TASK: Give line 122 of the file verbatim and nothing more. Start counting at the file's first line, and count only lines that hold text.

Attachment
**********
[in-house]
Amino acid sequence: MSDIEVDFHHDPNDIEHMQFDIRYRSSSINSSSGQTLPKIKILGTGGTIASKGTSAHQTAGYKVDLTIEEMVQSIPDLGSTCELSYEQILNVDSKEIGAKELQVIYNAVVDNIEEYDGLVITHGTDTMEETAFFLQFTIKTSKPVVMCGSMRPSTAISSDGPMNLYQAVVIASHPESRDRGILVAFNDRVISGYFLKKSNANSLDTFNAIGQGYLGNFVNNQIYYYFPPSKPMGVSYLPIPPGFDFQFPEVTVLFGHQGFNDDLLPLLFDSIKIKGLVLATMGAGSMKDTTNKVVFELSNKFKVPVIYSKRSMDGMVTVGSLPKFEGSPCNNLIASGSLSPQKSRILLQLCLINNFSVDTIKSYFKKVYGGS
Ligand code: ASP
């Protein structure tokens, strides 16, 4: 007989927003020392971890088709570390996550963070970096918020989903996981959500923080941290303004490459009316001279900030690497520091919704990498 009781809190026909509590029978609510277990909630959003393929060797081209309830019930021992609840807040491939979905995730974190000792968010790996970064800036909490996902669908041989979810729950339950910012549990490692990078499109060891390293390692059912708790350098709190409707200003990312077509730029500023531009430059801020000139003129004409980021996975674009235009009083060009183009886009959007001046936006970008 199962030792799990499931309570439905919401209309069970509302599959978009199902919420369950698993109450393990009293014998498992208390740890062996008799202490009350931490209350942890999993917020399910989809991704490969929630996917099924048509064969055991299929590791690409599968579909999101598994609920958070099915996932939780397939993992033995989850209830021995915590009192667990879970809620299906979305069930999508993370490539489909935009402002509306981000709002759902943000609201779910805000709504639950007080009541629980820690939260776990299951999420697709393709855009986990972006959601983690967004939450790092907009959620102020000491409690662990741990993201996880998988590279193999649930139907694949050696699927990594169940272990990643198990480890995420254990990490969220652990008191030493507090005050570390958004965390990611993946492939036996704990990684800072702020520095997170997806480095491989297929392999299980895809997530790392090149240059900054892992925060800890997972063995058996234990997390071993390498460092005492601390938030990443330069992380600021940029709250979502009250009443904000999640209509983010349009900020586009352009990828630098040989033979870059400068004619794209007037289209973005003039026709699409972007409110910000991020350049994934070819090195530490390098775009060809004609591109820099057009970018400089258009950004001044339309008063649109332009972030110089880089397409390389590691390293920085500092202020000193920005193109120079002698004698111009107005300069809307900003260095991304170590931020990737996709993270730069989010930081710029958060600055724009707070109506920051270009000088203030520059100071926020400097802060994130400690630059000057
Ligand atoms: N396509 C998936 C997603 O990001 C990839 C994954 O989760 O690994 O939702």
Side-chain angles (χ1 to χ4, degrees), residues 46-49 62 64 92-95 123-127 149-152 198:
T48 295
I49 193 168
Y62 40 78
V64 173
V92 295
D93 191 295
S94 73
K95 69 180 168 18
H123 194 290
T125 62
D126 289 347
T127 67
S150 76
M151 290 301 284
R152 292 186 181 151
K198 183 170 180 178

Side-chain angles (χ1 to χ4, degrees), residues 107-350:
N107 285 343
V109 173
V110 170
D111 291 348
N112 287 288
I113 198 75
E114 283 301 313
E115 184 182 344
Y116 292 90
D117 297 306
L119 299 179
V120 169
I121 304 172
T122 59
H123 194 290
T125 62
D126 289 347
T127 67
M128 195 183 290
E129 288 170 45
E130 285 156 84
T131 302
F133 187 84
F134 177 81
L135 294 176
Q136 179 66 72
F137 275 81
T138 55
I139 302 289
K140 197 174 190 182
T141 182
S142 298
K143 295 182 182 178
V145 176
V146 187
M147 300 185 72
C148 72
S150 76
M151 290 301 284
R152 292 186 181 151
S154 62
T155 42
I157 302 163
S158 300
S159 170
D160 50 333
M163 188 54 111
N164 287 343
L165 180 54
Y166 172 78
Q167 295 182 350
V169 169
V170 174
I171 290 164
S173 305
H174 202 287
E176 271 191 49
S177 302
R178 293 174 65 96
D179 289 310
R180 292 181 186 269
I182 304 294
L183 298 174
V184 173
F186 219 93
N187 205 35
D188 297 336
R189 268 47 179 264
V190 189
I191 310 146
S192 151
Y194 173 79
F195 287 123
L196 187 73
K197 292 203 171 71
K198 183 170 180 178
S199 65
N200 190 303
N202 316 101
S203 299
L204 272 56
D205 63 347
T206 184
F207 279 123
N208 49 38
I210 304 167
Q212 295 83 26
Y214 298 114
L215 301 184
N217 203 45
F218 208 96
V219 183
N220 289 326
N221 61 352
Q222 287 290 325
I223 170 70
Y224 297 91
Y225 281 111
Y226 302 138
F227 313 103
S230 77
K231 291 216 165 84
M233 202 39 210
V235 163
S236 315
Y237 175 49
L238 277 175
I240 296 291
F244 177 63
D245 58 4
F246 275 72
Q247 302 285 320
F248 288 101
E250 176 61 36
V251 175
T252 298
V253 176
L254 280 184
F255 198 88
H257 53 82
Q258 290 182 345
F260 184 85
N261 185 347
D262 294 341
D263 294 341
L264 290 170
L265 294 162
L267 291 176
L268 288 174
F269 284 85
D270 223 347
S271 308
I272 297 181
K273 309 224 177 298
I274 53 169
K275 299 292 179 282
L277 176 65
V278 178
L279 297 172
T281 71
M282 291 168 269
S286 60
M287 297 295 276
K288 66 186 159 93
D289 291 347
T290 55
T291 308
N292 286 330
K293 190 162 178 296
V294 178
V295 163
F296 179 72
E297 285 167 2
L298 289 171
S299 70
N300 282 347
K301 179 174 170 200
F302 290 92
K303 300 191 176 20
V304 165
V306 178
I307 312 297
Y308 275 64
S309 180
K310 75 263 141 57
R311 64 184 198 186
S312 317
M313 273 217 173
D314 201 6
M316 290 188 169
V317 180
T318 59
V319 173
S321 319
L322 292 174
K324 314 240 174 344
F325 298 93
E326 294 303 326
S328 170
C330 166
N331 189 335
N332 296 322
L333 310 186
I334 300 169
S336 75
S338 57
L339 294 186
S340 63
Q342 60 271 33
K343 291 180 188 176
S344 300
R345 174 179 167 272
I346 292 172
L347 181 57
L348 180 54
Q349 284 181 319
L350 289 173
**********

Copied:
Y226 302 138